Major limb outcomes for NOACs vs. warfarin in diabetic AF population
Data regarding to the major adverse limb events for AF patients treated with NOAC vs. warfarin are limited. We are only aware of one retrospective study investigating the major limb outcomes for diabetic AF patients treated with NOAC vs. warfarin . Baker et al. studied 10,700 and 13,946 diabetic AF patients treated with rivaroxaban and warfarin, respectively, by using a claims database in USA, whereby rivaroxaban was associated with a 25% reduced risk of MACE and a 63% reduced risk of MALE compared to warfarin, with no difference in major bleeding . Our present study shows that NOACs, with nearly 50% of whom treated with rivaroxaban, were also associated with a significantly lower risk of MALE than warfarin in diabetic AF patients. Although there is no difference for the advantage on MALE for different NOACs over warfarin (P interaction = 0.81 within four NOACs), the other three NOACs except for rivaroxaban showed non-significantly lower risk of MALE than warfarin among the diabetic patients, possibly due to a smaller sample size of other three NOACs when compared to rivaroxaban (Fig. 3).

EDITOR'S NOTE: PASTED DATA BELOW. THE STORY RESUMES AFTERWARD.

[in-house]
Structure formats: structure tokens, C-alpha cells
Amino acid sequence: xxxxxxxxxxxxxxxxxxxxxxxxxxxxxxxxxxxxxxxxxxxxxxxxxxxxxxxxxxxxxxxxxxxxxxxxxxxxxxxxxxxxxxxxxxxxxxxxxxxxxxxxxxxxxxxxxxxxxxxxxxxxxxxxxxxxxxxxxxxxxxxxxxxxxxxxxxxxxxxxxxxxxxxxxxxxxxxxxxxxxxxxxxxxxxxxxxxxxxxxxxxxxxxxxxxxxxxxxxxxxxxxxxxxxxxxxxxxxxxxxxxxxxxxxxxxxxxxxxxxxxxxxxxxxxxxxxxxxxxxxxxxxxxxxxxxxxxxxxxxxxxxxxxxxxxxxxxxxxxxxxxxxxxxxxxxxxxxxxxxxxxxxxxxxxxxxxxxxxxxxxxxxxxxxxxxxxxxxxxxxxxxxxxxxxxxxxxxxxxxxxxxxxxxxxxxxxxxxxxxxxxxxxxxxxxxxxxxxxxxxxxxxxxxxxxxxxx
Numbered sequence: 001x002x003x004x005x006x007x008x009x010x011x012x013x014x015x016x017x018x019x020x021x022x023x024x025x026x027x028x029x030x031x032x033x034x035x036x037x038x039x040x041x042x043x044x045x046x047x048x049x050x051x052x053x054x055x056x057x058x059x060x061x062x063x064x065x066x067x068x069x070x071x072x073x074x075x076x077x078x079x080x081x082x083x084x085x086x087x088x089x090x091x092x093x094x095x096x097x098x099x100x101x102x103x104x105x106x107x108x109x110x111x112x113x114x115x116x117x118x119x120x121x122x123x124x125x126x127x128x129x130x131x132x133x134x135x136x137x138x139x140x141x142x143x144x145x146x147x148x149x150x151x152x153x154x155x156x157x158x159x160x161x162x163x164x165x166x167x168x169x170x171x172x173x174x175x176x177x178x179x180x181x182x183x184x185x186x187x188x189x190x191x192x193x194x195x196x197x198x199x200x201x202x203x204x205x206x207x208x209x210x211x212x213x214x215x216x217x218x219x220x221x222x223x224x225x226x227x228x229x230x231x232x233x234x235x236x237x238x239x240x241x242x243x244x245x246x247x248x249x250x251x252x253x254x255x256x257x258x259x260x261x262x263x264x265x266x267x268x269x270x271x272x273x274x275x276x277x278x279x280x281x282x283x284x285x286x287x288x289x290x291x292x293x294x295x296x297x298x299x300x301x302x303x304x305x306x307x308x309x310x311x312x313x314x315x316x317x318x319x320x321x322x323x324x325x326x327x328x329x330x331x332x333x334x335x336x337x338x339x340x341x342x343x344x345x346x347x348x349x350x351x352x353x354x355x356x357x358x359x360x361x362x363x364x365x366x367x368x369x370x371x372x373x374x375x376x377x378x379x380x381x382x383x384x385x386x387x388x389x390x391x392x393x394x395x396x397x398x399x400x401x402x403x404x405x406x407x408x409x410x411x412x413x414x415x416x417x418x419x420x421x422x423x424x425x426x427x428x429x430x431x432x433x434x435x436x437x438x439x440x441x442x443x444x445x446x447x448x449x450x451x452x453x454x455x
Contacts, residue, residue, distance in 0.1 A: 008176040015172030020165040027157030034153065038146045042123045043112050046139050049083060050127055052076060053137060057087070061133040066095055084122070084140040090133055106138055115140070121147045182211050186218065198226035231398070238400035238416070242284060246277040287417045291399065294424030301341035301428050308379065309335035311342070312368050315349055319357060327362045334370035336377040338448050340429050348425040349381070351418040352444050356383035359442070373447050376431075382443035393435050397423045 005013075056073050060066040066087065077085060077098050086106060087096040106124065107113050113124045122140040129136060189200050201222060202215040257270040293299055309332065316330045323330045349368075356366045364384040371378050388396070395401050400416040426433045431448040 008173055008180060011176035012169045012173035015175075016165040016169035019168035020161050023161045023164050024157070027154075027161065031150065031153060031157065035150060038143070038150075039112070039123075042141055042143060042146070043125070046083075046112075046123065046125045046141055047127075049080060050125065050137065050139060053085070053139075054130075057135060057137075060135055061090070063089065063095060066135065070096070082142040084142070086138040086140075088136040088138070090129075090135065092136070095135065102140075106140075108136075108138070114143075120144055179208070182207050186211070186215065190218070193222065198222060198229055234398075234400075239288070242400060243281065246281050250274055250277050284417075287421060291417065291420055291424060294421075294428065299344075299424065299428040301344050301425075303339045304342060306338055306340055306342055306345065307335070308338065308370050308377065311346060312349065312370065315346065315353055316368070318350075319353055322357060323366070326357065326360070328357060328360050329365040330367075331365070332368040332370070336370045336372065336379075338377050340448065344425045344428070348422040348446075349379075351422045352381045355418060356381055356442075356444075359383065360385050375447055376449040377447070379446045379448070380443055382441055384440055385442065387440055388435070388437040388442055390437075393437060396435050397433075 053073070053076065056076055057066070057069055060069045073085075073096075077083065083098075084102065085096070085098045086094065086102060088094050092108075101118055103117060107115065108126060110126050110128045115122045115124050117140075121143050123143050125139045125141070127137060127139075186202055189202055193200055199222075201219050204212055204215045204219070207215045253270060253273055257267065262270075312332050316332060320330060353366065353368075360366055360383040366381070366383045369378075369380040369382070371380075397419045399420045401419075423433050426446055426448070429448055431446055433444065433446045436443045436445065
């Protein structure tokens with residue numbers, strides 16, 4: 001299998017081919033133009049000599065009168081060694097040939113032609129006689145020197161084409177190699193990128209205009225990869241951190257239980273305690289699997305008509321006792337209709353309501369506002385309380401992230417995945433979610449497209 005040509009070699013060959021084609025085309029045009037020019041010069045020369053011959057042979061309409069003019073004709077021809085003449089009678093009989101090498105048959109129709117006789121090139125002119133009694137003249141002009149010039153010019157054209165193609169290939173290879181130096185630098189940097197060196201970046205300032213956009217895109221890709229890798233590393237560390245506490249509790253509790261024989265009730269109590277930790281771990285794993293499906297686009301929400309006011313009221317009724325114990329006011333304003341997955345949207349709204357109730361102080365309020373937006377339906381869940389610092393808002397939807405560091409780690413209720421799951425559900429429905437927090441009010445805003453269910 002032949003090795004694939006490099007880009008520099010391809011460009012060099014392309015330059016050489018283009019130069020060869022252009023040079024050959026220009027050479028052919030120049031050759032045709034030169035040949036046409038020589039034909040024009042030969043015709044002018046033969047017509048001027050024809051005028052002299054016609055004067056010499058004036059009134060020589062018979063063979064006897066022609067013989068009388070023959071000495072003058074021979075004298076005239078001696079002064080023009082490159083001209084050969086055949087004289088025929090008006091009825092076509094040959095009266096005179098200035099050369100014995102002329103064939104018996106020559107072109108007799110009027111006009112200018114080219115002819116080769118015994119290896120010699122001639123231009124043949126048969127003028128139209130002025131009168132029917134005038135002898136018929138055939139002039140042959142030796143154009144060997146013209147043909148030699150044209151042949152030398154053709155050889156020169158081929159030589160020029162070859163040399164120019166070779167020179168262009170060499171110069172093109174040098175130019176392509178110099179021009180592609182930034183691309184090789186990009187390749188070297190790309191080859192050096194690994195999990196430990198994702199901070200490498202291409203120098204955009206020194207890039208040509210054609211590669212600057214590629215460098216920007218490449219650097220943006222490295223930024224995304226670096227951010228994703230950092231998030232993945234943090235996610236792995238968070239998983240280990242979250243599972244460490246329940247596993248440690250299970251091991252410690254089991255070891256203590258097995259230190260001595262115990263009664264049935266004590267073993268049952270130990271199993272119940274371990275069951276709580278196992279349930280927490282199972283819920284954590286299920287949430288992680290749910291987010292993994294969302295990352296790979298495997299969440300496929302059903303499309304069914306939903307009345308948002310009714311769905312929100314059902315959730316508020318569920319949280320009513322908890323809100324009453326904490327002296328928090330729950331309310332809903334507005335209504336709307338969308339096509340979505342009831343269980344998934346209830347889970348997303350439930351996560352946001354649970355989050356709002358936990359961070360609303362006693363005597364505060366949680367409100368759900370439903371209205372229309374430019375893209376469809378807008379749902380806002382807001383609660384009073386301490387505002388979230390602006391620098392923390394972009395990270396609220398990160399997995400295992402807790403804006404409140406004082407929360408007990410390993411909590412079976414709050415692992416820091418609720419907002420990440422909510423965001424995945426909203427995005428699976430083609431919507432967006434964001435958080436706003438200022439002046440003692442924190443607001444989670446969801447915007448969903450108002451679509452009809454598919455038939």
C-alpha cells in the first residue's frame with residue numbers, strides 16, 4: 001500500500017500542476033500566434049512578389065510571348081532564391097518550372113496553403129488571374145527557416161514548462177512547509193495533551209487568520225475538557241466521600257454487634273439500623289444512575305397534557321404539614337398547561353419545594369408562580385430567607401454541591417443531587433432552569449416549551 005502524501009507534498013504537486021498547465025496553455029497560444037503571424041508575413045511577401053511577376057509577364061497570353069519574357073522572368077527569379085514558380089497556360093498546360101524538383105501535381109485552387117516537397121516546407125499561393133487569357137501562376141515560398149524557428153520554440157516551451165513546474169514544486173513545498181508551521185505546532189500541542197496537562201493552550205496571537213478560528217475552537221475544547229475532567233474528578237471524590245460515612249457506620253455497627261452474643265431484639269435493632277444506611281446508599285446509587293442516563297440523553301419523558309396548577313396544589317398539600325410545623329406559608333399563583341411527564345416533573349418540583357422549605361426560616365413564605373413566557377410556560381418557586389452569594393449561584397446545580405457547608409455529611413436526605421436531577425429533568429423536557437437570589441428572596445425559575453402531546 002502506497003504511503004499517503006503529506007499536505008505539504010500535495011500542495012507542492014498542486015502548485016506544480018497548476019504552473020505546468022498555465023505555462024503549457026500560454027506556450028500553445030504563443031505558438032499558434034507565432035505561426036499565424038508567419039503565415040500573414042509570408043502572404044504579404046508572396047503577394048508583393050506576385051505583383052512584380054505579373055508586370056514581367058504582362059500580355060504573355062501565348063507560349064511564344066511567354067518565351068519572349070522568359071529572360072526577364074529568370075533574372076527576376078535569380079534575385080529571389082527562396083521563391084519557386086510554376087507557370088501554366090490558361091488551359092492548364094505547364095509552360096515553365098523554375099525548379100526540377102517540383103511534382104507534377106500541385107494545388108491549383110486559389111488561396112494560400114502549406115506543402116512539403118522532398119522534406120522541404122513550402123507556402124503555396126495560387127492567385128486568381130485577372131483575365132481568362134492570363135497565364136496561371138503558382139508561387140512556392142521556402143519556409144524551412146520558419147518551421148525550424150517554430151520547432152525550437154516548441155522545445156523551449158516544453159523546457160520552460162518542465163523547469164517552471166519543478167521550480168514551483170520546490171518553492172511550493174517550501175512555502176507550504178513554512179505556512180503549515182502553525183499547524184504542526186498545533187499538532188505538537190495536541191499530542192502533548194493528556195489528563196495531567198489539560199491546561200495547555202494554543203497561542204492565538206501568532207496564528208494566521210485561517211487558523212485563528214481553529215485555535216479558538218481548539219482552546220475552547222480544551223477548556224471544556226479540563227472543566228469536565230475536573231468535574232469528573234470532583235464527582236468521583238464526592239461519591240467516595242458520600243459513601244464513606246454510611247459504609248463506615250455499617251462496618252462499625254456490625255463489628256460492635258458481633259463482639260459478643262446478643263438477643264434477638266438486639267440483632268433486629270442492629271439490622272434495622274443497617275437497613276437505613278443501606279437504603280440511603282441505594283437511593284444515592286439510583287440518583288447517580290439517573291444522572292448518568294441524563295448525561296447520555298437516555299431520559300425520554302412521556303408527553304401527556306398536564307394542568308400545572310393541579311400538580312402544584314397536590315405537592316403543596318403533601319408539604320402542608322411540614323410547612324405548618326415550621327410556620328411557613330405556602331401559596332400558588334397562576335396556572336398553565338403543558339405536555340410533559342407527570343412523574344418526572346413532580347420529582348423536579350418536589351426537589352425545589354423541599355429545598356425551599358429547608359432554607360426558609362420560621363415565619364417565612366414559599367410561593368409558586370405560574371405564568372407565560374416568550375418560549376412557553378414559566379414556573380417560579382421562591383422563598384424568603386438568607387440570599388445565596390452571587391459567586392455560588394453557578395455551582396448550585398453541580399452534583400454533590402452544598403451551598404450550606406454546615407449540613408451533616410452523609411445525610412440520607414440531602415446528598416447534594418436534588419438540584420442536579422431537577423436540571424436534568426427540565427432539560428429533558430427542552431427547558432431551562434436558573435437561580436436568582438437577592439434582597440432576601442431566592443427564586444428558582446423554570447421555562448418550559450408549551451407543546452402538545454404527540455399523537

Recently, the COMPASS trial showed a strategy of combined therapy with aspirin and rivaroxaban (2.5 mg twice per day) or rivaroxaban alone (5 mg twice per day) was associated with a significantly lower risk of major adverse limb events than aspirin alone in ~ 27,000 patients with stable atherosclerotic vascular disease, nearly 45% of whom had comorbid diabetes . Although the COMPASS trial differ from our present study in that it did not enroll AF patients, used a lower dose of rivaroxaban, and used aspirin but not warfarin as a comparator, the COMPASS trial firstly demonstrated that anticoagulant regimen with rivaroxaban indeed provide an extra benefit in improving MALE outcome in patients with a high atherosclerotic burden when compared to the current standard treatment. Until now, there are no large randomized controlled studies evaluating the major limb outcome for AF patients with a high atherosclerotic burden or AF treated with other three NOACs.